Although it appears that this question has been long resolved, there's actually quite a lot going on here (i.e. especially for such tiny question)--surprisingly lots!--so I'd like to outline everything involved so that, should anyone else have a similar issue, it'll be here for reference purposes.
I'll start with an edited down and more precise version of your original text:
It is reasonable to conclude that The negative
contribution done observed during the adopted growing
phase is was higher than it is was overall
in the others defects because there were of incidences
where the instances within that group (i.e., the adapted growing phase) for which entire objects were
mis-classified as terrain. , which we is
not (-or- cannot, should not be, etc.) expected by (-or- accounted for by, allowed
for by, permitted by, observed in, explained by, etc.) the segmentation
**(If I've correctly interpreted the meaning of this final, relative clause, then it should read more like this; if I'm not correct, you should consider removing it entirely because its meaning is unclear as it's written).
The primary problem with your excerpt is that it's far too
verbose. I believe that, in trying to make your writing appear
more formal and technical (which in and of itself would be fine/desirable), you've instead, in actuality, ended up sacrificing precision
for the sake of that formality. It is entirely possible to have both.
First, to directly answer your question, I would not recommend using
because of in a formal or technical paper. It is, at best, redundant. Merriam-Webster does indicate that because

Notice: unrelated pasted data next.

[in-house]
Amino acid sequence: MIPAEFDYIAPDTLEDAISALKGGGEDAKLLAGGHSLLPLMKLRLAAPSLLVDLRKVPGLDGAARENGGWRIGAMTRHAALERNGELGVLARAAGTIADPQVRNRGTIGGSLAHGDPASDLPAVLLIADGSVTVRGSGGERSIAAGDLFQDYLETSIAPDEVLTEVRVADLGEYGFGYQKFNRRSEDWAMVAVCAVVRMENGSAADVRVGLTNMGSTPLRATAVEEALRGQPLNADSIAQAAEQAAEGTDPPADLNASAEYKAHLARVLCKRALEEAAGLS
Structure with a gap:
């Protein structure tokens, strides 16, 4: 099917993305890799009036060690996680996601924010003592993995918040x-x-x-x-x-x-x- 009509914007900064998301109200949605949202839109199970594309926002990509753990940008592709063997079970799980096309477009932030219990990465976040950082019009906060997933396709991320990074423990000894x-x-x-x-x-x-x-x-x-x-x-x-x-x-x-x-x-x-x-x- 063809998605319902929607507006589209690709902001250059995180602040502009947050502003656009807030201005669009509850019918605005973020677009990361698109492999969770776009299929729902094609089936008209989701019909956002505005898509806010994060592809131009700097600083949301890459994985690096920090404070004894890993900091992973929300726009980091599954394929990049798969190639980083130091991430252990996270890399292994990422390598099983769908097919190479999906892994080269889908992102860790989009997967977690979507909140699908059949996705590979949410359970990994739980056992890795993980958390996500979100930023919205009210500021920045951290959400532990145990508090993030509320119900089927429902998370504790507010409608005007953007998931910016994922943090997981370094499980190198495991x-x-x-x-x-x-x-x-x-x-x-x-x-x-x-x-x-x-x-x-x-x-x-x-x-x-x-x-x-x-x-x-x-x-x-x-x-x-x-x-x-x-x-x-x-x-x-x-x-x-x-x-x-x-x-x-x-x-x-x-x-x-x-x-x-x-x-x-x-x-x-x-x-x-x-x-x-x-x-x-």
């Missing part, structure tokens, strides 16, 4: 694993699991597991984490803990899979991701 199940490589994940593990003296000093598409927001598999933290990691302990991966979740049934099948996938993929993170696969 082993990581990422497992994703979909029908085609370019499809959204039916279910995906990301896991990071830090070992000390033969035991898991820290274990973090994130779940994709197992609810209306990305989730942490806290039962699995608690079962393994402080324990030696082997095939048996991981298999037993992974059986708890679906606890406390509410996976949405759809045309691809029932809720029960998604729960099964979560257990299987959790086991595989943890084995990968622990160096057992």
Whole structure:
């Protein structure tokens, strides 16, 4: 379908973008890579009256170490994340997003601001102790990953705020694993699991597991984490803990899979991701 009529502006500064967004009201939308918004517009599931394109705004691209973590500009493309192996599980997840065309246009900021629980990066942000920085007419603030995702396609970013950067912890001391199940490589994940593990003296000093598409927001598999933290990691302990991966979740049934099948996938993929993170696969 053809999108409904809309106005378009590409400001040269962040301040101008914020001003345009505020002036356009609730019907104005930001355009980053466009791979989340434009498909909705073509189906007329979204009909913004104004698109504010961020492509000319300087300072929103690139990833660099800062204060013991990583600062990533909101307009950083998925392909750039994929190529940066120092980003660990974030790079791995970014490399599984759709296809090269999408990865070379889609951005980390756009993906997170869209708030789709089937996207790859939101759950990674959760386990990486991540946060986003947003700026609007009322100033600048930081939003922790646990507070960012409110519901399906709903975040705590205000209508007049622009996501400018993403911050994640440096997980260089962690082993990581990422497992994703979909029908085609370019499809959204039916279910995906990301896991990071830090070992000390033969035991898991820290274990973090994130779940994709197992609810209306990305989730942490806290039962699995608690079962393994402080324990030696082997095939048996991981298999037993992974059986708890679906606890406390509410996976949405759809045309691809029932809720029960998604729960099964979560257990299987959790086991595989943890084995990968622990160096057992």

is standard, but that does not necessarily mean that it's appropriate
for your technical writing (i.e., you've got to be sure that you're writing for the appropriate audience).
And second, because this is, in fact, technical writing, and because, as a
result, you'd want it to be as concise/precise as possible, I'd
recommend using only as many words as you actually need to
unambiguously convey your meaning. I'd also avoid overly complex
constructions, when, in fact, you can express the same thoughts both
very simply and directly.
Also, if you look at the definition of
its own, you'll see that
it's defined as for the reason that/of, thus making the
repetition of the word of completely unnecessary.
It would sound more formal without of; and since your sentence is
already on the long side, I'd suggest you omit it.
And while M-W does list because of as first appearing in the 14th
century, a quick Ngram
reveals that from 1500-Present, because has been by far more
common than because of since the mid-to-late 16th century.
Even if I adjust the time to from
it still shows because as being nearly three times as frequent.
Because of has been increasing in frequency, but so too has because overall.
POV: I personally dislike formal/technical papers written in the first
person, so I'd remove we as the subject of the final clause (you might be able to remove that last clause altogether). If, however, you'd prefer to write in the 1st rather
than the 3rd person, you can; you'd just need to rephrase it as
which/that we wouldn't ordinarily expect. It's far more important to keep your POV consistent throughout the entire body.
Also, you have a very, very, brief tense shift taking place in your example. You switch back-and-forth--almost unnoticed--between the present and the past.
You'll need to decide which tense is more appropriate to use and
stick with it throughout your paper. It is--in the right
context--fine switch tenses, but I wouldn't in this example.
construction that you've used in your first sentence uses is more problematic, though.